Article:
Light Thought Experiments

Jeroen Peeters

The past has seen many interesting experiments and debates concerning the weight of the soul, but has anyone ever posed the question: how heavy do our thoughts in fact weigh? Or consider this: if we walk around with heavy thoughts, does our head actually weigh more? This bizarre and fascinating question is the point of departure for the playful performance piece How Heavy Are My Thoughts by Croatian-Dutch artist Ivana Müller. The classical auditorium in Leuven, STUK, offered the perfect framework for an examination of thought itself and its physical manifestations.
How Heavy Are My Thoughts takes the formal shape of a lecture demonstration, a stage-managed lecture in fact. This is not only an up and coming new genre, it’s also a form that allows for the manipulation of specific registers: the relationship between thinking and communication, the aura surrounding scientific research. The Brit Bill Aitchison presents in a PowerPoint presentation a series of documents elucidating Müller’s quest. In the performance, Ivana Müller is referred to as I.M. for short, read: I am. With a nod to the maxim “cogito, ergo sum”, as conceived by the philosopher René Descartes, a series of experiments and discussions with scientists commences. The question then becomes intermeshed with the ramblings of I.M. and the involvement of Aitchison.
Although the experiments may seem absurd sometimes, I.M. treats them with a certain seriousness: How Heavy Are My Thoughts is a large-scale undertaking in which metaphors are taken literally. Just say that objects contain thoughts, would these thoughts remain floating around in space once we removed the objects? And are people receptive to these object-thoughts? In the same vein, I.M. puts her head on a weighing-scales, has her brain scanned, tries to separate light from heavy thoughts using a trampoline, or gorges on vodka. All of this is meticulously observed and documented. The interviewed scientists go quite far with her in this game, for instance physicist Prof. F. Siemsen, who quickly finds a solution in Einstein’s theory of relativity. If thinking and brain activity causes the energy in the brain to increase, then the brain mass must also increase. That sounds perfectly logical, doesn’t it?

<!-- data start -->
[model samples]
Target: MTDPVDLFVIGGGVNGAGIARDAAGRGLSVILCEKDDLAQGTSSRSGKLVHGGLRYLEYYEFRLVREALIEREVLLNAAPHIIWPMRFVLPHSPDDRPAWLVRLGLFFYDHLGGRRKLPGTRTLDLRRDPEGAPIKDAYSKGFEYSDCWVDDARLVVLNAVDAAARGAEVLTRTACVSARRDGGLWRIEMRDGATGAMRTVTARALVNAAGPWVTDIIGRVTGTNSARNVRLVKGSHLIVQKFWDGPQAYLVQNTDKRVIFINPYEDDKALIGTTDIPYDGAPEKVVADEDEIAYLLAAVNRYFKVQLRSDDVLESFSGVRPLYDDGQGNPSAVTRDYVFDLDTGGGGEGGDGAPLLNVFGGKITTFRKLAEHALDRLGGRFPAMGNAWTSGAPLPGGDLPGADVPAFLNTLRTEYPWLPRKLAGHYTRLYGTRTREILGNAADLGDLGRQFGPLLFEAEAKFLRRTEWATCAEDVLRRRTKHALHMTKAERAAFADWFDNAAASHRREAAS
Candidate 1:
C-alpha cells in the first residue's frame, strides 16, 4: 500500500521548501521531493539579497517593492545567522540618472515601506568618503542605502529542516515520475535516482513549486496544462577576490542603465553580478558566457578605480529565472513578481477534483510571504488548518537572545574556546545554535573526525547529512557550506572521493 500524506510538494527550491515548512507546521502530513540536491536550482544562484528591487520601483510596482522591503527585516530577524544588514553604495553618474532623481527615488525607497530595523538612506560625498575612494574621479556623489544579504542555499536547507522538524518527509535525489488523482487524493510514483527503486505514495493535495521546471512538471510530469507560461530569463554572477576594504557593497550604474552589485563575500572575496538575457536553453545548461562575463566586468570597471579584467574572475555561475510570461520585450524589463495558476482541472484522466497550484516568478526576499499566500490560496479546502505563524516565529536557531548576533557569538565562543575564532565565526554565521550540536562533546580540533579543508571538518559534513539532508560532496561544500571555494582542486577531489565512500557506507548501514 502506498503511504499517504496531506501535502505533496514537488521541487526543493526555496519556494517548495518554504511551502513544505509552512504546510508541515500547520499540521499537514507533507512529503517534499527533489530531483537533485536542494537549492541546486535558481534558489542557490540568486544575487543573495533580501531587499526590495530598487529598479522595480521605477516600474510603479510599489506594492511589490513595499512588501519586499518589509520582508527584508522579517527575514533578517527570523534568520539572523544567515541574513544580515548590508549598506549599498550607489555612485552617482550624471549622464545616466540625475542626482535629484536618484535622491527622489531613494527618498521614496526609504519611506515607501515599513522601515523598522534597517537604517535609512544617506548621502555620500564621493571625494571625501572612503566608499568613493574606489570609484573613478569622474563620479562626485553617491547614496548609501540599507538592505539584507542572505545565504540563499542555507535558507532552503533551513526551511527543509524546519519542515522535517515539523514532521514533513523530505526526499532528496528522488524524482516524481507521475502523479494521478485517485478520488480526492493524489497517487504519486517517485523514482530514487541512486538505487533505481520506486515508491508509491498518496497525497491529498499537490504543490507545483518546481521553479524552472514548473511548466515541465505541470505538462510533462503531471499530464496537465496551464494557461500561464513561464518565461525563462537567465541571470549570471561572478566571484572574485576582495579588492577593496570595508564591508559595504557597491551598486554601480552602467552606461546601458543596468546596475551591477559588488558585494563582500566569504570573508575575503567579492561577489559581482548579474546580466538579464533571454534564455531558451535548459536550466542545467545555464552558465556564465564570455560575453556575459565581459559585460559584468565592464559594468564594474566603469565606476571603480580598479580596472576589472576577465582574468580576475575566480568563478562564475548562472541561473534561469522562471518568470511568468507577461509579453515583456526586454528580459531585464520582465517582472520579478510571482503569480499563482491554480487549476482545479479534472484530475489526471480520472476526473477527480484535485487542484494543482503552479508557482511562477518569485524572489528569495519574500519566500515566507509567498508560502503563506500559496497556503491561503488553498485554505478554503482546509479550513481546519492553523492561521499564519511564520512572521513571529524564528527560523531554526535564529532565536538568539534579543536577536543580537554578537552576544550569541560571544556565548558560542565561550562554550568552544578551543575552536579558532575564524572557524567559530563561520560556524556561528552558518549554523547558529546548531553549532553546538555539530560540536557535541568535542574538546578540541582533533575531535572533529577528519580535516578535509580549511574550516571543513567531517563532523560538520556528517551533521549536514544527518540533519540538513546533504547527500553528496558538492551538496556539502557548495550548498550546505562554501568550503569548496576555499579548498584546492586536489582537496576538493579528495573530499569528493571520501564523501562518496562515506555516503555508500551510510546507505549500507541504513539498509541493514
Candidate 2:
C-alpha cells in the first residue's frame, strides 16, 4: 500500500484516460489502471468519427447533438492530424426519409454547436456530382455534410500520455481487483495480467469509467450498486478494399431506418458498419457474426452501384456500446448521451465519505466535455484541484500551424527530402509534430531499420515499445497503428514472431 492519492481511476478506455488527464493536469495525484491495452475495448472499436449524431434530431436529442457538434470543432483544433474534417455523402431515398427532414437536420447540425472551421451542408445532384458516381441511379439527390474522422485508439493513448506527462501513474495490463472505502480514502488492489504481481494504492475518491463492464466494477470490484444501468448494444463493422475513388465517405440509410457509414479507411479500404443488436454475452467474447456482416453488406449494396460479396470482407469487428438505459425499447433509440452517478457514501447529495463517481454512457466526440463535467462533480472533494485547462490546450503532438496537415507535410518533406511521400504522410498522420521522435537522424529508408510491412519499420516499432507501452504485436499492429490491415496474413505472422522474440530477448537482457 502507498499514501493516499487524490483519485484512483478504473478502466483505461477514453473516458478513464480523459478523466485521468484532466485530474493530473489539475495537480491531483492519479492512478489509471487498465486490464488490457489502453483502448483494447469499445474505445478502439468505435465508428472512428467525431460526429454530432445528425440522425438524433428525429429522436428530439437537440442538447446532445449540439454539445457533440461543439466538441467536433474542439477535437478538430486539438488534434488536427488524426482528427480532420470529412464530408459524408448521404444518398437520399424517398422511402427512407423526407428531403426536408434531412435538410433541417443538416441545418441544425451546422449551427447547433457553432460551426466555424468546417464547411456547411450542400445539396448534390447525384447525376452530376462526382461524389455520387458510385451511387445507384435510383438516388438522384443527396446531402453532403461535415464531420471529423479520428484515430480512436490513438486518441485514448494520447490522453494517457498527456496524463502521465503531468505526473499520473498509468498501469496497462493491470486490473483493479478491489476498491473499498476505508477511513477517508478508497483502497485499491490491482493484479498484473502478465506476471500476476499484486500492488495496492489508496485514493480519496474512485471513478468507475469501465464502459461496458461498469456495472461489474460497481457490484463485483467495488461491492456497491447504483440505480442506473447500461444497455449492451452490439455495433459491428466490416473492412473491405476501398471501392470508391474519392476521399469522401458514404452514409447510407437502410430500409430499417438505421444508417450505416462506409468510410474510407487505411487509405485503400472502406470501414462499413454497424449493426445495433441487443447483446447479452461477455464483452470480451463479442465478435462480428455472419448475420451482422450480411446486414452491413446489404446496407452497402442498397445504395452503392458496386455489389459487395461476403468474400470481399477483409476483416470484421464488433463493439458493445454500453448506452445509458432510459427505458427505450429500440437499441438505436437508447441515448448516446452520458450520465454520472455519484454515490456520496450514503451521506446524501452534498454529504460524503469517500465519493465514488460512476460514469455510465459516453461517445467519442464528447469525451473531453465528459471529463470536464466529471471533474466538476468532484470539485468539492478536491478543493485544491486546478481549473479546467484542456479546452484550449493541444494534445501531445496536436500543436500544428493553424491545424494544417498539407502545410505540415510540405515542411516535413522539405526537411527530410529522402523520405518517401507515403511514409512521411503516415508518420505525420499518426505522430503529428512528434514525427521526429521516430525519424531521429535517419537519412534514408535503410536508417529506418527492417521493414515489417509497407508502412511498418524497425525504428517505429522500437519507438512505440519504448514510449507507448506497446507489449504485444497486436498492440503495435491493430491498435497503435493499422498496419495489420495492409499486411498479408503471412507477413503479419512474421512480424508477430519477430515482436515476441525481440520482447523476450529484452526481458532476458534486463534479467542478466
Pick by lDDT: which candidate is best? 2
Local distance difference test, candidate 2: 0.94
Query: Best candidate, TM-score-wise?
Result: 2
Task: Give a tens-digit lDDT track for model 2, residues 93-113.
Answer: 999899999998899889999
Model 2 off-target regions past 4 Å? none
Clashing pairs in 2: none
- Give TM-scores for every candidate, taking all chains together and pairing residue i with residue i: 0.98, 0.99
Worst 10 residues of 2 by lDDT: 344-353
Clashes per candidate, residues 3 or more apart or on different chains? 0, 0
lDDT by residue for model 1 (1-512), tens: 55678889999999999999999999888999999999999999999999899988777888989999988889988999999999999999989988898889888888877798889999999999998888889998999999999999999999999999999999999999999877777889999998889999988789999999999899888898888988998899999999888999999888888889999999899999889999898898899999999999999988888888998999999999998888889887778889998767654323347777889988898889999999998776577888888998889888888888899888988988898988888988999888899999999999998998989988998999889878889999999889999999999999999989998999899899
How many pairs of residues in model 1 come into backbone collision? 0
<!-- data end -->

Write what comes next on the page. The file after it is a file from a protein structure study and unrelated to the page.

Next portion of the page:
How Heavy Are My Thoughts is not merely light-footed and astute, it is also, as a production, meticulously formulated and highly self-reflective. For the transmission of thoughts a medium is needed, but what about the process of thinking itself? There is no better setting to examine the imbedding of thought in space and time than in the theatre. This localising of thought, within the body, in a narrative connection, in a broader context, isn’t that choreography? Müller is also happy to poke fun at the debate on ‘conceptual dance’ in this piece. At the beginning, Aitchison apologises for the absence of Müller, the reason the ‘dance performance’ has been hastily substituted for a lecture. But if I.M. is, in the Cartesian sense, present at the delivery of her own thoughts, can she not then be simultaneously present in the theatre?

published in De Morgen, 2003 and at

translated by Mark Verschuur